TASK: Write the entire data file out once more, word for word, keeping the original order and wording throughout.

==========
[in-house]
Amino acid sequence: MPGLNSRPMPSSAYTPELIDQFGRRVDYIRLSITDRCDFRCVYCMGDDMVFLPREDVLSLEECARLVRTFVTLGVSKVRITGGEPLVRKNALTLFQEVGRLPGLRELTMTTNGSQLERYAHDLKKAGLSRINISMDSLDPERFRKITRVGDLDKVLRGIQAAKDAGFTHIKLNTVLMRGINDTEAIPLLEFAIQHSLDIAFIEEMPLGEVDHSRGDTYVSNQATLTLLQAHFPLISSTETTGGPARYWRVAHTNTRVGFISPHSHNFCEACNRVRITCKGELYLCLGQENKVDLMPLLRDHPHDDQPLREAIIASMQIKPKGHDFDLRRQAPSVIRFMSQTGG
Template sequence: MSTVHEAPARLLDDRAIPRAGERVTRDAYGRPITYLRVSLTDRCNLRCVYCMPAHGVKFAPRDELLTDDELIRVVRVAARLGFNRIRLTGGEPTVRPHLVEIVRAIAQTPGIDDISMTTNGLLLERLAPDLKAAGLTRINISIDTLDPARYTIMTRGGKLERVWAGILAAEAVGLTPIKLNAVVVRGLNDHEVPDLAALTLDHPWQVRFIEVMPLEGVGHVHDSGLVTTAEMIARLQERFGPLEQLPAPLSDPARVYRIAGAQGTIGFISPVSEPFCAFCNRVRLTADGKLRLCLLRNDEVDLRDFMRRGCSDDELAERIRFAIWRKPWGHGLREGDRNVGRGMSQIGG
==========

[in-house]
Amino acid sequence: MPGLNSRPMPSSAYTPELIDQFGRRVDYIRLSITDRCDFRCVYCMGDDMVFLPREDVLSLEECARLVRTFVTLGVSKVRITGGEPLVRKNALTLFQEVGRLPGLRELTMTTNGSQLERYAHDLKKAGLSRINISMDSLDPERFRKITRVGDLDKVLRGIQAAKDAGFTHIKLNTVLMRGINDTEAIPLLEFAIQHSLDIAFIEEMPLGEVDHSRGDTYVSNQATLTLLQAHFPLISSTETTGGPARYWRVAHTNTRVGFISPHSHNFCEACNRVRITCKGELYLCLGQENKVDLMPLLRDHPHDDQPLREAIIASMQIKPKGHDFDLRRQAPSVIRFMSQTGG
Template sequence: MSTVHEAPARLLDDRAIPRAGERVTRDAYGRPITYLRVSLTDRCNLRCVYCMPAHGVKFAPRDELLTDDELIRVVRVAARLGFNRIRLTGGEPTVRPHLVEIVRAIAQTPGIDDISMTTNGLLLERLAPDLKAAGLTRINISIDTLDPARYTIMTRGGKLERVWAGILAAEAVGLTPIKLNAVVVRGLNDHEVPDLAALTLDHPWQVRFIEVMPLEGVGHVHDSGLVTTAEMIARLQERFGPLEQLPAPLSDPARVYRIAGAQGTIGFISPVSEPFCAFCNRVRLTADGKLRLCLLRNDEVDLRDFMRRGCSDDELAERIRFAIWRKPWGHGLREGDRNVGRGMSQIGG